Get to Know Writing Day Workshops Coordinator Jessica Bell

Screen Shot 2017-01-15 at 12.15.26 AM.pngJessica Bell is the executive coordinator of Writing Day Workshops, which organizes one-day writing conferences. These events take place mostly in the U.S., but can happen elsewhere.

If Jessica could choose only one creative mentor, she’d give the role to Euterpe, the Greek muse of music and lyrics. This is not only because she spends most of her time in Athens, Greece, but because of her life as a 30-something Australian contemporary fiction author, award-winning poet and singer/songwriter/guitarist, whose literary inspiration often stems from songs she’s written.

She started as a poet, drawing from her musical background and etching her thoughts and feelings into verse. Those stanzas soon turned into sentences and paragraphs, and eventually into published books. Her literary voice is said to overflow with “lyrical descriptions, unique metaphors, tight dialogue, and an abundance of sensory detail.” She has also been told she has the ability to take a seemingly ordinary three-chord type story and turn it into a main stage event.

In addition to her novels about unique dysfunctional families, poetry collections, and her best-selling pocket writing guides (Writing in a Nutshell series), she has published a variety of works in online and print literary journals and anthologies, including Australia’s Cordite Review, Writer’s Digest, and the anthologies 100 Stories For Queensland and From Stage Door Shadows, both released through Brisbane, Australia’s, eMergent Publishing.

One of Jessica’s proudest moments was when, in November 2013, her poem, Sugar (which was published in a poetry anthology called Women’s Work, edited by Libby Hathorn) was broadcast on ABC National Radio’s Poetica program.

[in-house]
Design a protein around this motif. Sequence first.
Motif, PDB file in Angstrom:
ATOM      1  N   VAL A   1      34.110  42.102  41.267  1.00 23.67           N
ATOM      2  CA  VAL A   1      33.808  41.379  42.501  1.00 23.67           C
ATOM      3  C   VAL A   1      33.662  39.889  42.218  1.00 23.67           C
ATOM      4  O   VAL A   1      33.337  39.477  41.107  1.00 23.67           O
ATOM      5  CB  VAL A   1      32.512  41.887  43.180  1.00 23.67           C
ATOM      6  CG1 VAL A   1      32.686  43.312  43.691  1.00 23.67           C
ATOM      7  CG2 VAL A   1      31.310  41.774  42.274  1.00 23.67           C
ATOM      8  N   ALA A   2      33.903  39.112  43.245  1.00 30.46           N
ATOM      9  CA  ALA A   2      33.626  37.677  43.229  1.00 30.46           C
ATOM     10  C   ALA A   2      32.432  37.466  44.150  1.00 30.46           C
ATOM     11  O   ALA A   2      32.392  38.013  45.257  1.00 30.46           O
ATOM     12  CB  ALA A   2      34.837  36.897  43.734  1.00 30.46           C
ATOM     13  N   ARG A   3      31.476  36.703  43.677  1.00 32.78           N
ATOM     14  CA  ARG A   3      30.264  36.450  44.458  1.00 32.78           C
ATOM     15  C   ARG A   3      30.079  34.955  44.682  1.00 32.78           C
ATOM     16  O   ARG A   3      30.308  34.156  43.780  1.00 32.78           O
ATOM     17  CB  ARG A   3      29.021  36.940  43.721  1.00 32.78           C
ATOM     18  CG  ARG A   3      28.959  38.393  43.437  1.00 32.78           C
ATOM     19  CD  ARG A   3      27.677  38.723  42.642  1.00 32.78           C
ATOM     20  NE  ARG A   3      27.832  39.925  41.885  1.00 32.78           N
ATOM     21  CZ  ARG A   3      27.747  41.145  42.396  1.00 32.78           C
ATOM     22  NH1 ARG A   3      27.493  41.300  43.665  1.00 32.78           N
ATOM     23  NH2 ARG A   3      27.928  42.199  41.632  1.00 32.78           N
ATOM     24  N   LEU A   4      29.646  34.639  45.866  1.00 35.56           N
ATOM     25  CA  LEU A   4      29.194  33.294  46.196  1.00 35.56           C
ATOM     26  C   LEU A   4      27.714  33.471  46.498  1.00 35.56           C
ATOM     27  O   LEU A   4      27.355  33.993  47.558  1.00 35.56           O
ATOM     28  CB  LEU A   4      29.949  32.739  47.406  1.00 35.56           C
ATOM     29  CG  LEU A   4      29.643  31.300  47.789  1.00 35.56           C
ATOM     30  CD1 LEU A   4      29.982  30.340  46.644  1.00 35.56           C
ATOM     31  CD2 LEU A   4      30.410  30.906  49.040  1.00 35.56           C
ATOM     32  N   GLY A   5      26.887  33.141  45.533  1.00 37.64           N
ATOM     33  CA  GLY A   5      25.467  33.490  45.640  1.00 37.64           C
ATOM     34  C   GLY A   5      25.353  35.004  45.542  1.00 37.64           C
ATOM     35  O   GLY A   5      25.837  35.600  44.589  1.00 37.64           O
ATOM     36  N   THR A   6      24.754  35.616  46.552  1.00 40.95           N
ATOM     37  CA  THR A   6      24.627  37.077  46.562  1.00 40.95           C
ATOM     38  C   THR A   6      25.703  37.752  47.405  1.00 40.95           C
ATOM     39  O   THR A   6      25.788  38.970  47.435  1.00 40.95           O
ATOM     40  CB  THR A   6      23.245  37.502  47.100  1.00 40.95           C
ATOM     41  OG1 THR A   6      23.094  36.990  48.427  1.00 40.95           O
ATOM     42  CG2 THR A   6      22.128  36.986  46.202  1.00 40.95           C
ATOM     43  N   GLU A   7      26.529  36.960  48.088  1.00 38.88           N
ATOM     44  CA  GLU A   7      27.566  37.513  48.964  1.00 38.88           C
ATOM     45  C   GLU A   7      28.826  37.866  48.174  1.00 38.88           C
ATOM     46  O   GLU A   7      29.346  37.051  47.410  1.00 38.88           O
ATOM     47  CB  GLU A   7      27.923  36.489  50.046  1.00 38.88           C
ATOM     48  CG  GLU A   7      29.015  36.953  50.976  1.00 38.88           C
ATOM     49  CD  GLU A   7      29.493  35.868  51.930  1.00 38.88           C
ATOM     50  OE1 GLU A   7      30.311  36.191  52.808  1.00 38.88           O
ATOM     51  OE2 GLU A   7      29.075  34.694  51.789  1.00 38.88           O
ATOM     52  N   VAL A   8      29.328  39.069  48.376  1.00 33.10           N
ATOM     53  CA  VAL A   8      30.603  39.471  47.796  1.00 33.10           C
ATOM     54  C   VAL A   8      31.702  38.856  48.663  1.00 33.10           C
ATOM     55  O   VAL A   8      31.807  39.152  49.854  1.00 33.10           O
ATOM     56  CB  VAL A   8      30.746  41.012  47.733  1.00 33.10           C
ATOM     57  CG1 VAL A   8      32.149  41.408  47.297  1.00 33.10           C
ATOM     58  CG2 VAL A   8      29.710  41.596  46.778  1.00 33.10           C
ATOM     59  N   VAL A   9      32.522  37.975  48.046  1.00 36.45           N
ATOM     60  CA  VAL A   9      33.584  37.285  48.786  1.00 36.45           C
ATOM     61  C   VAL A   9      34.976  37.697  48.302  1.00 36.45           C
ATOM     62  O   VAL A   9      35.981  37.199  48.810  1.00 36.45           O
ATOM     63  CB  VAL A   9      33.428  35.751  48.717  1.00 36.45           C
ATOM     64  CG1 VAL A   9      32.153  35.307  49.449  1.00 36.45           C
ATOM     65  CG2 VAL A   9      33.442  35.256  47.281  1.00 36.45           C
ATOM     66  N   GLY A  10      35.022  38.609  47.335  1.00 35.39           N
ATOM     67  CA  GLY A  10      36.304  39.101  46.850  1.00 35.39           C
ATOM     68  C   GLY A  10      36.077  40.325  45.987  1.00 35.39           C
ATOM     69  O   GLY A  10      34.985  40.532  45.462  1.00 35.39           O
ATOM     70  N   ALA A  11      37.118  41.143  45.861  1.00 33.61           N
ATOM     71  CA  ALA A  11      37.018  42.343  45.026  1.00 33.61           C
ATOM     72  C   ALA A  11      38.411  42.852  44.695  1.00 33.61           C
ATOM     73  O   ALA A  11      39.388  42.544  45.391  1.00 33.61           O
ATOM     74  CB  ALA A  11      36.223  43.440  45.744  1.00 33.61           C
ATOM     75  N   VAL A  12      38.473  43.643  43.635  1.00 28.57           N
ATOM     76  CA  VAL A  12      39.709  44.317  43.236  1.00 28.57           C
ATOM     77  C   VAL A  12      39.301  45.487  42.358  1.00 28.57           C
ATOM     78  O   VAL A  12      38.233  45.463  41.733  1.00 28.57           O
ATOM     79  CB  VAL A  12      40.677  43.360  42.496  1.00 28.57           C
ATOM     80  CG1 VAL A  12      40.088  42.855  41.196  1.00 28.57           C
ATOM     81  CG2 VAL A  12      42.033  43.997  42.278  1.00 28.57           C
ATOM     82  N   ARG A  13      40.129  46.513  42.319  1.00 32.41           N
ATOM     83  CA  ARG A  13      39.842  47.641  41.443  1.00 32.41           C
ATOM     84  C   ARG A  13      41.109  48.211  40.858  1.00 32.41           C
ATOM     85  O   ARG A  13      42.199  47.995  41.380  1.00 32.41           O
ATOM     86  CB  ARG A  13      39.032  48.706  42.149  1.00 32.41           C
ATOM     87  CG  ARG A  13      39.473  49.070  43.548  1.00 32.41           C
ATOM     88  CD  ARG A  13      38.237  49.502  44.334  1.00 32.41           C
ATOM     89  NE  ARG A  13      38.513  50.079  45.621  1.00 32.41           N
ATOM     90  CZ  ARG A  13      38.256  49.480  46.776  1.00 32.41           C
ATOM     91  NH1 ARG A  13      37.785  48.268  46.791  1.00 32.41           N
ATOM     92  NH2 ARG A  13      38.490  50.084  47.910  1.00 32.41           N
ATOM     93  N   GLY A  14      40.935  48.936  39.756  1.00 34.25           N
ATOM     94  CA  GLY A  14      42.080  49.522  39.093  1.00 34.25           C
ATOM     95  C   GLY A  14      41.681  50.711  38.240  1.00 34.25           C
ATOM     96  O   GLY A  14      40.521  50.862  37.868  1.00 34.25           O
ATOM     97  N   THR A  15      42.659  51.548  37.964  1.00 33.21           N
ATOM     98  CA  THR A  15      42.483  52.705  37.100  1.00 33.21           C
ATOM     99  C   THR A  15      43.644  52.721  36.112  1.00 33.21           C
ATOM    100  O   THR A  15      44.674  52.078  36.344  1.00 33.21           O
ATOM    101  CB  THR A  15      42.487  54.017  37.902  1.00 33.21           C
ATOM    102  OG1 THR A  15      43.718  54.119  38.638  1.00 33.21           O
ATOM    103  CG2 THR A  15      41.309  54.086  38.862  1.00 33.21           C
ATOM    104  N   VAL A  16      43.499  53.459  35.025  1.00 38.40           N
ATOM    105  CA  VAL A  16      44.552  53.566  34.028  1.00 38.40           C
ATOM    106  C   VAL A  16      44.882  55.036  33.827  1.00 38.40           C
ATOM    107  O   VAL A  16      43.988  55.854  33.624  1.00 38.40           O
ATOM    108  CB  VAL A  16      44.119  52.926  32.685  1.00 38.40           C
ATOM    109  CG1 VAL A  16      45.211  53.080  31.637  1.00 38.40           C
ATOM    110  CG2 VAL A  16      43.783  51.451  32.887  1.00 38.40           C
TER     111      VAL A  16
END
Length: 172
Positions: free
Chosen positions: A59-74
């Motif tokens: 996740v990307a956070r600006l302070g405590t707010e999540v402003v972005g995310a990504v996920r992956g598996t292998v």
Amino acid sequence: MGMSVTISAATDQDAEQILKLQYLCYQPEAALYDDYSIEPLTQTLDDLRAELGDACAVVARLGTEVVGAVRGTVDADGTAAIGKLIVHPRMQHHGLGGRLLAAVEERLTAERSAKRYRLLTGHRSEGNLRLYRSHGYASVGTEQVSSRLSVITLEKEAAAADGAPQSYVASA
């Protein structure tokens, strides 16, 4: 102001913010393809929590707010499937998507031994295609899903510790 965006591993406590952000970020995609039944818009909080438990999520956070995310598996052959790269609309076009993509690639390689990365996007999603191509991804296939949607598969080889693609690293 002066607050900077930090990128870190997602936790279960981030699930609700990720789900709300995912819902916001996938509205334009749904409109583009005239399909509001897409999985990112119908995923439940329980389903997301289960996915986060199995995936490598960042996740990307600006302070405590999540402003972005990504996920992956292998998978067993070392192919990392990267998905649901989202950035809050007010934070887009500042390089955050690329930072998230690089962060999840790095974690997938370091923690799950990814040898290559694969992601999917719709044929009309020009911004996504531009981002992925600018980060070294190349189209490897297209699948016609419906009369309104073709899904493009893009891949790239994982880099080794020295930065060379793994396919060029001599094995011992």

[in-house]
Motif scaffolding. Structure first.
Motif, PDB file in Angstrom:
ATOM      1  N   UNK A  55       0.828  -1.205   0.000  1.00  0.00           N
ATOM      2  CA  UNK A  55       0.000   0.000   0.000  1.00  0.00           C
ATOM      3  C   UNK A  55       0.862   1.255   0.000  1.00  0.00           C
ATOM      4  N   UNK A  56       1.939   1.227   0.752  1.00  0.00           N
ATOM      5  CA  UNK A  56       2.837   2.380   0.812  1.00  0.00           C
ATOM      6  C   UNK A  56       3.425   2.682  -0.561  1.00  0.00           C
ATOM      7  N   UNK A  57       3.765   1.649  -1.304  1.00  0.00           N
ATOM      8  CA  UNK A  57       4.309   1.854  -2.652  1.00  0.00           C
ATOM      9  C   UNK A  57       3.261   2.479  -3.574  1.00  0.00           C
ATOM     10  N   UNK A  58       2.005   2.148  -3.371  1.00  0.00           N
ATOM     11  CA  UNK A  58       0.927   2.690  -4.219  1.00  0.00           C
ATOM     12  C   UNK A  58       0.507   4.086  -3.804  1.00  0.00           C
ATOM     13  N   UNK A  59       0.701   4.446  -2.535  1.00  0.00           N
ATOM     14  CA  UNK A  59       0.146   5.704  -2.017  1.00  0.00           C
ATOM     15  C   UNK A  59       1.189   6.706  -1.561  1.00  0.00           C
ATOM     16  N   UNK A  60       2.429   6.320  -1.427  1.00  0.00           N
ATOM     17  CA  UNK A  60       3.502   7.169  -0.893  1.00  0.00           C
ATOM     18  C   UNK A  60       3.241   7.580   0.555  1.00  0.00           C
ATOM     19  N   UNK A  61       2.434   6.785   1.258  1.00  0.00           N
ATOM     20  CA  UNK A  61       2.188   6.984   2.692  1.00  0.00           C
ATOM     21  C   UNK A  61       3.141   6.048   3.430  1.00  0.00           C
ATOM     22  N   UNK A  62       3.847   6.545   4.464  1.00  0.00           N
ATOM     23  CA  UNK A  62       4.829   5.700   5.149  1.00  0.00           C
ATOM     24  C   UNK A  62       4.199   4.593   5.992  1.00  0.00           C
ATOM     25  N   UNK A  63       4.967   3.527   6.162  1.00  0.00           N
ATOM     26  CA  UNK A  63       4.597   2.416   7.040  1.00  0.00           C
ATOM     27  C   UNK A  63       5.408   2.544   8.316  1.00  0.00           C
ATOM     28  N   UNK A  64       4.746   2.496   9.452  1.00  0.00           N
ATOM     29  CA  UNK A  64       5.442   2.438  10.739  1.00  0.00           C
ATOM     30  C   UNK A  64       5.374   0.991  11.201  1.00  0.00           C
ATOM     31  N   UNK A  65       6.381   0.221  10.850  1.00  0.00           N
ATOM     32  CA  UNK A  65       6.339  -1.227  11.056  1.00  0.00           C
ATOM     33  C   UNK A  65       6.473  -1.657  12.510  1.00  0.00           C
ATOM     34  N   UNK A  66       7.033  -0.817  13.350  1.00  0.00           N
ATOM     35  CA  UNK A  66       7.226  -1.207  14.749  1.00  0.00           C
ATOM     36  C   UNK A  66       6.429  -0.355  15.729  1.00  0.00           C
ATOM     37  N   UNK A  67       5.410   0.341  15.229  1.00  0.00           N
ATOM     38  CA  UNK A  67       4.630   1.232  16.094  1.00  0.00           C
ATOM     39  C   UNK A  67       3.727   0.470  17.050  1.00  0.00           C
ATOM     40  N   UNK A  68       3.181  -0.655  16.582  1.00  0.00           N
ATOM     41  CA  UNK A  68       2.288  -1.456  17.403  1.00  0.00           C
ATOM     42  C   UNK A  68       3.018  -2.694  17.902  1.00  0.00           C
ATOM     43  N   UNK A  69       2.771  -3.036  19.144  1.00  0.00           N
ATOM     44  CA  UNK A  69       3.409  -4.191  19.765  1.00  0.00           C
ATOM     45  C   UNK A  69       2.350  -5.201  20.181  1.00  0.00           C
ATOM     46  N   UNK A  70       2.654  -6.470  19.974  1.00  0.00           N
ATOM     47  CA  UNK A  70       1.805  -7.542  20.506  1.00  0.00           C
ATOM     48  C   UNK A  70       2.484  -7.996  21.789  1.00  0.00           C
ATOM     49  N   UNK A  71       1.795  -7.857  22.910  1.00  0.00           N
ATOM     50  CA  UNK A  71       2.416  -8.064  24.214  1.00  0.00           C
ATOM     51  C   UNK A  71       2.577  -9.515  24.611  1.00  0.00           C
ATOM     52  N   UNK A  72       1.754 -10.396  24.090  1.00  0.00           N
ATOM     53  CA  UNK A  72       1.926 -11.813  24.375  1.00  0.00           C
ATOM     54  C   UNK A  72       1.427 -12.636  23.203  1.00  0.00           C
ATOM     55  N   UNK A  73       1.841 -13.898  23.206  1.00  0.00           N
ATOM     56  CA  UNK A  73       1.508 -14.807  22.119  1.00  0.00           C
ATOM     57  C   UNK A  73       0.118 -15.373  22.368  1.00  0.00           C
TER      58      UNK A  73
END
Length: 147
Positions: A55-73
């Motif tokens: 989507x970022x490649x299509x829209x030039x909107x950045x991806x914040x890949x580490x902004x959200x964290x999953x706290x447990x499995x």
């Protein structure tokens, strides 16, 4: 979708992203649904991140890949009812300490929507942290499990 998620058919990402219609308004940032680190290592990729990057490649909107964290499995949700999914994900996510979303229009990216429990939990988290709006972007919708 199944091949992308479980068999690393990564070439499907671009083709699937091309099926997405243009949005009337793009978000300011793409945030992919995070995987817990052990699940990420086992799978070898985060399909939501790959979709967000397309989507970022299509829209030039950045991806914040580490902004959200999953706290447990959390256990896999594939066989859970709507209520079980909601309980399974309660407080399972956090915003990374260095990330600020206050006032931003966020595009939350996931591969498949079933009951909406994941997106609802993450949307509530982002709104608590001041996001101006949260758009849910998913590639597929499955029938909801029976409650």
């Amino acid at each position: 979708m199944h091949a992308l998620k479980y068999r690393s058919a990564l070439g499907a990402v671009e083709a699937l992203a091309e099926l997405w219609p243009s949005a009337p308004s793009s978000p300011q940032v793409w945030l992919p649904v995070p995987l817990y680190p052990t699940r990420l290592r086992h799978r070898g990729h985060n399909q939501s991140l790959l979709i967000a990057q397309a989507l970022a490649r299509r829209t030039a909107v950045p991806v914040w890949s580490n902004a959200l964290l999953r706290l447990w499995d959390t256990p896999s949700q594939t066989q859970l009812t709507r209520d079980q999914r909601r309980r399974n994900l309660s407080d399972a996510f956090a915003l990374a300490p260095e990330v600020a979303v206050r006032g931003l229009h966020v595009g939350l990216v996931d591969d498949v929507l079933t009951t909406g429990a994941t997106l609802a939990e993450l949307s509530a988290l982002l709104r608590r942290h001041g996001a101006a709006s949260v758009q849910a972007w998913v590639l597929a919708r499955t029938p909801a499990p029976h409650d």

Jessica Bell is the Publisher of Vine Leaves Press, and she makes a living as a Book Cover Designer for indie authors, and an editor/writer for English Language Teaching publishers worldwide, such as Pearson Education, HarperCollins, Macmillan Education, Education First and Cengage Learning.

As of October 2016, she is the singer of Keep Shelly in Athens.

To see a list of awards click here.

Get to Know an Agent in Attendance: Victoria Lea of Aponte Literary

1400255_10200197887830313_1109260645_o-150x150Agent Victoria Lea comes to Aponte Literary with a degree in psychology, a  background in social work and a life-long passion for reading – especially long, classic novels. As an Associate Agent Victoria seeks to establish her own list of authors and is also responsible for digital content and social media marketing at the agency.

She is seeking: “We accept submissions of any genre of mainstream fiction and nonfiction, but we especially seek women’s novels, historical novels, supernatural and paranormal fiction, fantasy novels, political and science thrillers. In nonfiction, we’ll look at any category with commercial potential. What we consider most important, and certainly more important than genre, is that the writing be strong and fresh.”